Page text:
12 Carrington Event Geomagnetic Storm [Li et al., 2006] – H-component depression measured in India and taken as Dst – Solar wind shock velocity: determined from time between flare and magnetic disturbance – Temerin and Li [2002] Dst model fits measured H- component depression o Interplanetary Ey = VxBz determine maximum Dst depression o Large solar wind density (to calculate dynamic pressure) needed to reproduce rapid recovery

13 Carrington 1859





18 Aircraft Radiation Exposure Medical Research Cosmic rays can directly break DNA strands in biological tissue, or produce chemically active radicals in tissue that alter the cell function [Wilson et al., 2005, 2003] – Both can lead to cancer Other adverse health effects include, but are not limited to, reproductive disorder and prenatal injury [Lauria et al., 2006; Waters et al., 2000; Aspholm et al., 1999] Because aircrew total career dose is received is low doses per flight, and accumulated slowly over the length of a flying career, the direct evidence that a person can develop cancer as a result of cosmic radiation is inconclusive – Other lifestyle risk factors exist over a flying career However, radiation protection community accepts the Linear No Threshold (LNT) theory – Every radiation exposure will have an effect on human health

19 NIOSH Exposure Assessment of US Commercial Pilots Poster 6/10 Soc Epi Res; manuscript in review FIRST STUDY OF US commercial pilot career exposure profile from individual flight segments: Cosmic radiation Solar energetic particle events Chronic circadian disruption FINDINGS A median pilot incurred 34.4 mSv GCR and flew through 6 SEPs in 28 y flying 1.92 mSv in the last study year Exposure metrics increased markedly 1990+ IMPLICATIONS No dose limits for US crew Median pilot would trigger EU radiation monitoring (>1mSv/y) A pregnant female pilot could exceed ICRP guidelines for pregnant radiation workers High-exposed pilots at increased risk Image courtesy of Kanzelhöhe Observatory

20 Aircraft Radiation Exposure Recommendations and Actions Europe – EU Directive 96/29/EURATOM (1996) – Legal regulations on radiation protection of aircrew implemented into national law with EU member states by 2000 – Exposures must be assessed if 1 mSv/yr is likely to be exceeded – 6 mSv/yr “action level” (ALARA principle) o Individual record keeping and medical surveillance required – Monitoring recommended under 6 mSv/yr – German implementation o Operational GCR radiation exposure assessment using approved code o No approved operational SEP radiation exposure assessment o Some airlines interested in concomitant radiation measurements Japan – State regulations recommend airlines try to keep aircrew exposure below 5 mSv/yr, which is the exposure dose limit for other occupationally exposed workers in Japan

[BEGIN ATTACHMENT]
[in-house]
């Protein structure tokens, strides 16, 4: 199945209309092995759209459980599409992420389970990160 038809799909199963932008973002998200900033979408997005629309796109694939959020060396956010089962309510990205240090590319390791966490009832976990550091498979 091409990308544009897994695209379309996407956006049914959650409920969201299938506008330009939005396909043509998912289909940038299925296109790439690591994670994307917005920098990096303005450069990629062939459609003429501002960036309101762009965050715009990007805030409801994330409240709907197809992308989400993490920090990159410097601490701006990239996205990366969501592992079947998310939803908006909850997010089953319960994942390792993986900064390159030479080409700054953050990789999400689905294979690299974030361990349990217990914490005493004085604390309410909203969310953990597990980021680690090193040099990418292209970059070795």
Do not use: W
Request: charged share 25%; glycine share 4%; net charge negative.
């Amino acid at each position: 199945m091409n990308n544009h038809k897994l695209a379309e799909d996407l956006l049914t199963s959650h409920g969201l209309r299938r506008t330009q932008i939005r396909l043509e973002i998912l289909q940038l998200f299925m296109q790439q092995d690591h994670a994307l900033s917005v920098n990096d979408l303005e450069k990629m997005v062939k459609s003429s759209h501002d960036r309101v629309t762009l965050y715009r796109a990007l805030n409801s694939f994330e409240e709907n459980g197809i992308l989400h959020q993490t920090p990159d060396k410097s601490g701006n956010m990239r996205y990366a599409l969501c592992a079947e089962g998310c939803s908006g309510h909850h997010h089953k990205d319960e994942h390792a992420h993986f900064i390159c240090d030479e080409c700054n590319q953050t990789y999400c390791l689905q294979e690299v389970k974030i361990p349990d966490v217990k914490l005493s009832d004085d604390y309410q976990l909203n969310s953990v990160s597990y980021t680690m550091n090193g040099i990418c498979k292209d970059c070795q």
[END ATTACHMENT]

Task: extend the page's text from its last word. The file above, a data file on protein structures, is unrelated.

21 Aircraft Radiation Exposure Recommendations and Actions USA – ICRP recommendations (< 20 mSv/yr, < 1 mSv during pregnancy) – Pregnant crewmember no more than 0.5 mSv in any month (FAA recommendation) Current development of SpWx/aircraft radiation requirements ICAOWMO SpWx User Requirements CPWG SpWx User Needs FAA SpWx AWG User Needs FAA NOAA/ SWPC Radiation assessment Radiation measurements/predictions ICAO: International Civil Aviation Organization

22 SEP Aircraft Radiation Exposure High-Latitude Flights Roughly three SEP events per solar cycle with sufficient flux and energy to significantly increase atmospheric radiation above GCR February 1956 Event (Wilson et al., 1995) – Commercial: ~ 5 mSv October 1989 Event (AMS & SolarMetrics, 2007) – Commercial: ~ 2 mSv Halloween 2003 Event (Mertens et al., 2010) – Commercial (11 km, 10-hr): ~ 0.2 mSv – Executive (15 km, 10-hr): ~ 0.4 mSv January 2005 Event (NAIRAS; Copeland et al., 2008) – Commercial (11 km, 10-hr): ~ 1 mSv – Executive (15 km, 10-hr): ~ 4 mSv